A few months ago, my husband was winding his way through the ginger patch – not an easy task, since it is about 40 x 60 metres of tangled torch ginger canes, and requires a certain amount of agility to wind your way through, looking for flowers. It is also a bit dim in there, since the ginger plants are about 5 metres tall and meet overhead. The gingers love it, but I don’t think my husband, who does this particular bit of picking is quite so overjoyed. However, he did notice that one of our dogs was getting a bit excited, and he struggled over to see if she had found a snake, which is quite likely. However, what she found was a Rainbow Pitta nest, so hastily dragging her away by the collar, he went to get the camera. The Pitta, not surprisingly had evacuated, as one would, with a big black snout poking enquiringly in your tidy home, but the dog hadn’t had time to steal the eggs.
Rainbow Pittas are a fairly shy inhabitant of our local rainforest pockets, and we have several living in our flower areas, which are rather jungle-ish, and a good habitat for many rainforest birds. We have quite a few who are permanent residents, and some who only come in to our water and wet areas when the Darwin Dry season is at its driest in August and September, or even up to Christmas, some years.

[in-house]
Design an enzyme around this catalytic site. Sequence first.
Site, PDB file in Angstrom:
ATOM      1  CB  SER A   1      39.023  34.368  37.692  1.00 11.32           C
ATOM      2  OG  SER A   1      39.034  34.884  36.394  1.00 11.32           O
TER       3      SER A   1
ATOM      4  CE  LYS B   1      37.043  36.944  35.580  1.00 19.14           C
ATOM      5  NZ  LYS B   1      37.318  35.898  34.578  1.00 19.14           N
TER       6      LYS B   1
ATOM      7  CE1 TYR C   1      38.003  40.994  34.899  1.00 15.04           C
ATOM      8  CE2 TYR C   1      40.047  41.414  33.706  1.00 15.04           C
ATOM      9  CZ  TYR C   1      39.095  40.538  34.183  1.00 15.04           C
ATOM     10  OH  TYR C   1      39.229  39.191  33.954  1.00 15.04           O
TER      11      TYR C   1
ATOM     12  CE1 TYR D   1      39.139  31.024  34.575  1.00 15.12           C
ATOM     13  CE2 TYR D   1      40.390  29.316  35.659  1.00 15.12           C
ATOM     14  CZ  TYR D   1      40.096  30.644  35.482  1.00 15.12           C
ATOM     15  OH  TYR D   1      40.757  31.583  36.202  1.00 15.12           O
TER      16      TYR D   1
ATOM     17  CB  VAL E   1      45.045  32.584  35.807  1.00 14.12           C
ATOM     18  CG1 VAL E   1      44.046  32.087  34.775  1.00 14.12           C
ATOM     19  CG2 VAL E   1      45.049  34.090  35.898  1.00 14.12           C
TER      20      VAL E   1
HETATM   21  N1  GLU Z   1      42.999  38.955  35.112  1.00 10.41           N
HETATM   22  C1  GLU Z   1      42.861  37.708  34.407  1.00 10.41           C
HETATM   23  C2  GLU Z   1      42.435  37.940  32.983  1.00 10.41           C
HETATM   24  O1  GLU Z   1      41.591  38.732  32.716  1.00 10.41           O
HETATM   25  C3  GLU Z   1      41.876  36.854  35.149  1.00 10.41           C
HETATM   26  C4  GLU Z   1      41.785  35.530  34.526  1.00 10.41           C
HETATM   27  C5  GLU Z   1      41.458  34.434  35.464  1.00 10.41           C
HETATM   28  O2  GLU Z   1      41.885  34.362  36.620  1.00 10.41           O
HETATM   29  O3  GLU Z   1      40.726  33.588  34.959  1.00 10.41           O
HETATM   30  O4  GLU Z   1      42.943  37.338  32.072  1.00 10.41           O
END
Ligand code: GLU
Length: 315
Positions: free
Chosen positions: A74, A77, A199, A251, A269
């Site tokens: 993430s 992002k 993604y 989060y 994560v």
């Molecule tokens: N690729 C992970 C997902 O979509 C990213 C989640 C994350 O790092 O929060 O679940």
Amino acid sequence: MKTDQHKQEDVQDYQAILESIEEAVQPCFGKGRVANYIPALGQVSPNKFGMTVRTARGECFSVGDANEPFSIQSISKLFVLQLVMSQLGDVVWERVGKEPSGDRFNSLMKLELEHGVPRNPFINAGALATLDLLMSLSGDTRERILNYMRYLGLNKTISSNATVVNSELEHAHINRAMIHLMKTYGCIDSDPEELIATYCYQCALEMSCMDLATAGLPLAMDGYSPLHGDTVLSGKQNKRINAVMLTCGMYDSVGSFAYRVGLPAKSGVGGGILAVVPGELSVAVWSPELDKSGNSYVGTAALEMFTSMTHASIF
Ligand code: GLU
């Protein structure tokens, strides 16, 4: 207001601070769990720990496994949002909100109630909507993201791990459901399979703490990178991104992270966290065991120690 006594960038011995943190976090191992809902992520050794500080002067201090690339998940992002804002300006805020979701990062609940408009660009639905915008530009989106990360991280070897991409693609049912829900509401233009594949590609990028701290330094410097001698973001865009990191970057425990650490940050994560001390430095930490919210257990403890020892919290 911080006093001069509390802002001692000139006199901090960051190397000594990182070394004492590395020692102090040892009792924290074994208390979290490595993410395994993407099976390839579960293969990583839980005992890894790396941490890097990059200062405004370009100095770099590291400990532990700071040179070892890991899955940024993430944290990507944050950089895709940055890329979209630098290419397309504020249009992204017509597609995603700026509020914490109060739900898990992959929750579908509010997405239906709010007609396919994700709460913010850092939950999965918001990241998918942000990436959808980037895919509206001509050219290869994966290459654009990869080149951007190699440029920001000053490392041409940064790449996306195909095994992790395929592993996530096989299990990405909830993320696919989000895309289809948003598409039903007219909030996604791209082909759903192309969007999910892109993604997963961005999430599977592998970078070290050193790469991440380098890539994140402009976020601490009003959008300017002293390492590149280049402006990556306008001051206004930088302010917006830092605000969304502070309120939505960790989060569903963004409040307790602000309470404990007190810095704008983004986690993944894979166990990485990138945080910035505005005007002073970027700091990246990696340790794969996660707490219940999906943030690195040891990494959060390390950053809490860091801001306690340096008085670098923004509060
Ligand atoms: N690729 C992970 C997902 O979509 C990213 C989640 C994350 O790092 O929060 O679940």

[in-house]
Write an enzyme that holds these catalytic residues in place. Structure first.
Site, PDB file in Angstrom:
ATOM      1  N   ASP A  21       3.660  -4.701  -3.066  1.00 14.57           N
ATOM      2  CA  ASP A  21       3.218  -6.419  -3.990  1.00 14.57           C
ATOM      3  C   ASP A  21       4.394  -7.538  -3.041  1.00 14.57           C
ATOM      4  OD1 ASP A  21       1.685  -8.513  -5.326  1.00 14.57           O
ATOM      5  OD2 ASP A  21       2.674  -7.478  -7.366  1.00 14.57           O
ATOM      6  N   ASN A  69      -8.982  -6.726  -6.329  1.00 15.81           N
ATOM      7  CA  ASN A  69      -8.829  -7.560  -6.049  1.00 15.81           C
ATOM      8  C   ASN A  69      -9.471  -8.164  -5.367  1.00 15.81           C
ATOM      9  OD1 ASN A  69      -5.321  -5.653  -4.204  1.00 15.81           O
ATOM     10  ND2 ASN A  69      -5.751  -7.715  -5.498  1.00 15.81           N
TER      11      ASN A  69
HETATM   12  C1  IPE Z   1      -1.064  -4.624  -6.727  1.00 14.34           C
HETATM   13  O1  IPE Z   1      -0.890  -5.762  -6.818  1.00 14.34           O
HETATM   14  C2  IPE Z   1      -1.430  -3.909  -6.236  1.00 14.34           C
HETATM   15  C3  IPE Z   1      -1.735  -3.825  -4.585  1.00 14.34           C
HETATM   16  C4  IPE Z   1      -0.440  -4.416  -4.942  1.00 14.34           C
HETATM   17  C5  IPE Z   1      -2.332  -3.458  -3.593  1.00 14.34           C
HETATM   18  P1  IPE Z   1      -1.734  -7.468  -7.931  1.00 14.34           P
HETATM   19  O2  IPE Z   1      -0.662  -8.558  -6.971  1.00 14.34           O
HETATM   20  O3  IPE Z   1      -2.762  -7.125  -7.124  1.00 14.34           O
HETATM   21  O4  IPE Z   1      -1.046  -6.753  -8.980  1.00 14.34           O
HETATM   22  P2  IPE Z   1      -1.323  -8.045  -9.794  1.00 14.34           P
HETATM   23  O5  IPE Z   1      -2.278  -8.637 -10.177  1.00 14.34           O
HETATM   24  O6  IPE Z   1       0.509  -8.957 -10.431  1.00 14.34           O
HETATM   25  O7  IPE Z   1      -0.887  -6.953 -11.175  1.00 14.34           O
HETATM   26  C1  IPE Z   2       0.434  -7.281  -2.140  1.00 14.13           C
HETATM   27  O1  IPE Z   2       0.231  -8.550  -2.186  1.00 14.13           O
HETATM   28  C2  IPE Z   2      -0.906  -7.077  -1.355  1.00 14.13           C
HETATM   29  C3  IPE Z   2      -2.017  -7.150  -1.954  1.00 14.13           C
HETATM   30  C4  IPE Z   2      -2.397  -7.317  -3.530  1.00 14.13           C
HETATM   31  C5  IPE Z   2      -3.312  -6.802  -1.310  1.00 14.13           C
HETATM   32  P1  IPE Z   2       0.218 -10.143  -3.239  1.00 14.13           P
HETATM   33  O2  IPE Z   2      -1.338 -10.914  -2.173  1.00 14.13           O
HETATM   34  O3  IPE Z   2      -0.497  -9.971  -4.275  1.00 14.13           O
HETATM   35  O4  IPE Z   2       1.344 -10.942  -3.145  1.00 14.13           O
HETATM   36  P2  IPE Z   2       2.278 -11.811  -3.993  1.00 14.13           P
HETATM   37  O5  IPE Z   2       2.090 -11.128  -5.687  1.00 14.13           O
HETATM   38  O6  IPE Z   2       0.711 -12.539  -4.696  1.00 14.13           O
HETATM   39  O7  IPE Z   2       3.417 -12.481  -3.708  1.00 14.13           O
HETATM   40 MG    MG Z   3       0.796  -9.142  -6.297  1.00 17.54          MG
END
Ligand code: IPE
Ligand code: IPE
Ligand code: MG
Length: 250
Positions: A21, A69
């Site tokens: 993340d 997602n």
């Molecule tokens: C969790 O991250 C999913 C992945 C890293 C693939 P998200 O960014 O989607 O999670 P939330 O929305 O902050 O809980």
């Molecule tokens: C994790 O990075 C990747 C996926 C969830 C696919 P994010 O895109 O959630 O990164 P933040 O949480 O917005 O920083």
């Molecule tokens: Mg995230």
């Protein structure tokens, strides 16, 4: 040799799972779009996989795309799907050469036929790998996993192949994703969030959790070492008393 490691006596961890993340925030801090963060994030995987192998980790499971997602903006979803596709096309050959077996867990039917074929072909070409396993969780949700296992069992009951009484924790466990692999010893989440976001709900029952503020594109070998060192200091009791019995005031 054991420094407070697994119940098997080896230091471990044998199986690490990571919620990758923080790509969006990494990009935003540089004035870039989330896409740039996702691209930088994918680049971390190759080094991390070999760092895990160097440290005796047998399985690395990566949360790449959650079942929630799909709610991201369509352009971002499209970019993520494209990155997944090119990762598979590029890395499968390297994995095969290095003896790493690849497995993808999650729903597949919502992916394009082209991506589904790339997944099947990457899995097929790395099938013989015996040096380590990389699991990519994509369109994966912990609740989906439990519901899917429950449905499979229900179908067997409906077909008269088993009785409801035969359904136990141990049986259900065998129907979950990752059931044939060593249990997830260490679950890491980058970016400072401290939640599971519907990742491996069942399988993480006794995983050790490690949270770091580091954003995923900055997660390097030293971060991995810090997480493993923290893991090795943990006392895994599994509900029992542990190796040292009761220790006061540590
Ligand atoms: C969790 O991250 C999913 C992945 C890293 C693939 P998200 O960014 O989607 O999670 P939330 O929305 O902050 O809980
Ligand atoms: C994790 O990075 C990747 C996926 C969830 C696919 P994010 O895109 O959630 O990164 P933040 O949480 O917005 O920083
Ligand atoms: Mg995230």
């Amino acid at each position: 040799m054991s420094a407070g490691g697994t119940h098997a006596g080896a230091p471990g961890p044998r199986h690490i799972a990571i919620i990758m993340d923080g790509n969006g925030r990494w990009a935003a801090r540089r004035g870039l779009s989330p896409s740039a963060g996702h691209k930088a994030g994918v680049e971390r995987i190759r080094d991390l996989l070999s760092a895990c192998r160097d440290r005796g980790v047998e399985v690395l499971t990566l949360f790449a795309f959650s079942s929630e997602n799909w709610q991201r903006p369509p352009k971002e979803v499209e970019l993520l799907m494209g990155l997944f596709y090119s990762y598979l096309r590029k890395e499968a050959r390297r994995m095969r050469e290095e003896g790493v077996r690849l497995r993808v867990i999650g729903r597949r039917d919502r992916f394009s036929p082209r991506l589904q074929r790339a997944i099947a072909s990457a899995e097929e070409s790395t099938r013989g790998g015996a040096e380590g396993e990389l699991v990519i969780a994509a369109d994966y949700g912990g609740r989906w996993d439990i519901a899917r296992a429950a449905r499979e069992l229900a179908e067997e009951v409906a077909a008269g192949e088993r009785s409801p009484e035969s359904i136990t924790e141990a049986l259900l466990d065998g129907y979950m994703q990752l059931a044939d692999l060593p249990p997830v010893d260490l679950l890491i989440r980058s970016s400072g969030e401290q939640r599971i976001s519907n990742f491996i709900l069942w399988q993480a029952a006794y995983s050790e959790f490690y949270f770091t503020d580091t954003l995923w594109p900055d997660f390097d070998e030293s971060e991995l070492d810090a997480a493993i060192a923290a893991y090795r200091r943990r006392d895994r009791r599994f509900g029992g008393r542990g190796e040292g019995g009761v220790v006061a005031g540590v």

The nest had been carefully constructed out of dry leaves, twigs and a bit of mud, and was quite high off the ground – maybe 40 cm.
The entrance was on the side, and the roof was covered over quite solidly with mud and leaves, so as to be water proof. There were three creamy speckled eggs inside, and it was quite a large space. Pittas are smallish birds, about 18 cm tall, stumpy looking since they have a short tail, and largely ground living. You rarely see them, since they are basically black, with coloured wing and back feathers, but you can here them calling to their mates, and to other birds.
We kept away from the area for a few weeks, and when we visited again later, the eggs had hatched and the chicks were gone, so fortunately our dogs had not gone back to raid the nest.
We are fairly lucky to live next to a large rainforest pocket, which means we have a wide range of habitats available in the near vicinity for birds, and we have a lot of them visiting our farm, since there is always water available there, as well as fruit, insects, grass etc. We keep big dishes under some dripping taps, to ensure that the local wildlife doesn’t go thirsty. I might add, if we don’t, the wallabies and bandicoots, as well as the cockatoos, chew the irrigation to pieces, to get the water, so it is a bit of self defence, as well as kind heartedness.